In industrial heat treatment processes, large-volume furnaces are generally used to maximize the throughput of the material. The transfer of the heat from the heaters to the medium takes place by means of convection and heat radiation in the furnace atmosphere as well as by heat conduction in the combustion aids used and in the material itself. In rarer cases, volumetric or radiation heat processing is used, which transmits the heat directly to the material with electromagnetic radiation (microwaves, induction, infrared light). During cooling, the heat flow reverses. In any case, the heat distribution in the useful volume plays an important role for the quality of the heat treatment. The cost-efficiency of the heat processes and frequently also requirements of the material require the shortest possible temperature cycles, meaning steep heating and cooling ramps. This results in undesirable temperature gradients and thermal stresses in the useful volume. In this target conflict, careful thermal management is required.
Heat management in industrial furnaces is carried out at the Fraunhofer-Center HTL using finite element (FE) methods. The FE methods are applicable to all types of furnaces, e.g., hearth furnaces, roller ovens, hood ovens. They are based on a simplified illustration of the complex furnace geometry in FE models. Frequently, multiscale models are used to reduce computing costs. In this case, parts of the usable volume, e.g., individual combustion capsules with the material contained therein, are simulated. Their thermal properties are homogenized and used in models on the next larger scale. Through the use of the FE methods, all relevant heat transport processes (heat radiation, heat conduction and convection) can be simulated at the HTL.
The quality of the FE simulation depends on the accuracy of the input data. The available material data for many relevant materials - especially in the high-temperature range - are not sufficient. The material data required for the FE simulation are therefore determined at the HTL center using specially developed ThermoOptical measurement methods (TOM) for temperatures of up to 2000 °C and higher. For example, the temperature conductivity and emissivity of refractory materials can be measured by means of special LaserFlash and IR methods. The mobile measuring stand for industrial furnaces developed at the HTL can also be used to generate input data for the FE simulation. For example, gas flows and temperature distributions in the industrial furnace can be measured directly on site. The measurements with the mobile measuring stand can also be used to validate the simulation calculations.
The calculation of the temperature distribution in the heating material is used at the HTL to calculate the result of the heat treatment. For this, robust formal-kinetic models are used. The formal-kinetic models use in-situ measurement data, which are measured directly during heating in the heat treatment. For this purpose, the industrial heat treatment process is simulated in TOM plants at the HTL with the relevant furnace atmospheres. The parameterized measurement data are used in special FE models to couple reaction kinetics, temperature calculation and mechanical effects. For example, the process parameters for debinding and sintering of materials produced via the powder route can be optimized in this way.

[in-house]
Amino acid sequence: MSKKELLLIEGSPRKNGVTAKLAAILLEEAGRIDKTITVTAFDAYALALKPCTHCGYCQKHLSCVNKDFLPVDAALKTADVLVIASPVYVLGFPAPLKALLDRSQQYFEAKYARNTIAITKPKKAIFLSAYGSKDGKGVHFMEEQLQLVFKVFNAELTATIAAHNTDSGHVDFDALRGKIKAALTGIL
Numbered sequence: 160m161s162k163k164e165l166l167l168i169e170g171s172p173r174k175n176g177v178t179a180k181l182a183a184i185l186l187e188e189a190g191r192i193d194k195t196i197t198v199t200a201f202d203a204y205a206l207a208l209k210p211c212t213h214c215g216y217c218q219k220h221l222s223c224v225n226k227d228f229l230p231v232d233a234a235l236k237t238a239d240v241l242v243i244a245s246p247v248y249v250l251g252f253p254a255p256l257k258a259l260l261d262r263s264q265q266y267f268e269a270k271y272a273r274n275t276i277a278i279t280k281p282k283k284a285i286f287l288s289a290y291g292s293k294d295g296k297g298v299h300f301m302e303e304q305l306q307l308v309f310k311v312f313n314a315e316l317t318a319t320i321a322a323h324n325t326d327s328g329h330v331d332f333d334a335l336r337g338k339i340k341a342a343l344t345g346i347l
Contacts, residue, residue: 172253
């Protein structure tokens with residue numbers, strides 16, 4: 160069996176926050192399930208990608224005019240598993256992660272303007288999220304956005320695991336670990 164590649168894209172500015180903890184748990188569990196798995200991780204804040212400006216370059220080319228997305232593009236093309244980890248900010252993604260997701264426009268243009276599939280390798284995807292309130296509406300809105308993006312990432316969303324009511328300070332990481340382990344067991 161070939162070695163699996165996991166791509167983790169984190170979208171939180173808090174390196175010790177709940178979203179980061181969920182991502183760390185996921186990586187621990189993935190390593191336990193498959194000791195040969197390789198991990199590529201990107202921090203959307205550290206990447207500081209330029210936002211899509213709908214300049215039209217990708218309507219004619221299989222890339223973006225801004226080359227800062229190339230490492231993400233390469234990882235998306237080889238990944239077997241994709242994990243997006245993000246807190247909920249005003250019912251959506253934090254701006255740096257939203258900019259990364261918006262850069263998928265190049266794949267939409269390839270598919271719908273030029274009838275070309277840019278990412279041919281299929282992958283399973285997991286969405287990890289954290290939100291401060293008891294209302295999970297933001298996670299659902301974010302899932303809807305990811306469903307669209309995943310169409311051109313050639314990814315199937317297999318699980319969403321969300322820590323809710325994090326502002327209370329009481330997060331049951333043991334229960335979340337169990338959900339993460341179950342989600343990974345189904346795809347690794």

Another important field of application for heat management in industrial furnaces is the mechanical stresses which occur as a result of temperature gradients or rapid temperature changes in the furnace components, combustion aids or the components to be treated. For example, the thermal shock occurring during rapid cooling can drastically reduce the service life of combustion aids, or the temperature differences present in the furnace insulation can lead to cracks and heat leaks. At the HTL center, the mechanical stresses occurring in the industrial furnace are calculated in coupled thermal-mechanical FE models. For the evaluation of the FE results, measurements can be performed in the TOM plants with which high temperature gradients or rapid temperature changes up to high temperatures are generated. If required, the FE simulations can be combined with analyzes on the lifetime of refractory materials.
With the help of the heat management, it is possible to optimize the set-up structures with regard to low temperature gradients and long service life of the combustion aids. A targeted selection of suitable refractory materials is also possible due to the heat management in industrial furnaces. The heat capacity of the combustion aids can be minimized in the sense of an increase in the energy efficiency of the heat treatment. In addition, process parameters, such as the temperature cycle or the gas flow, can be adapted so that the target conflict between an economic operation of the furnace installation and the best possible quality of the product is solved in terms of the specific customer requirement.
An advantage of the heat management methods used at the HTL is the high degree of abstraction of the geometric FE models coupled with the very precise experimental data. In most cases, FE models for industrial furnaces require a very high computational effort. Therefore, robust models with comparatively short computing times were developed at the HTL. The precise input data of the FE simulation ensure the high accuracy required for process optimization. With the help of heat management, it is also possible to process specific questions within a furnace without having to simulate the entire furnace, which allows a focus on particularly critical problem areas.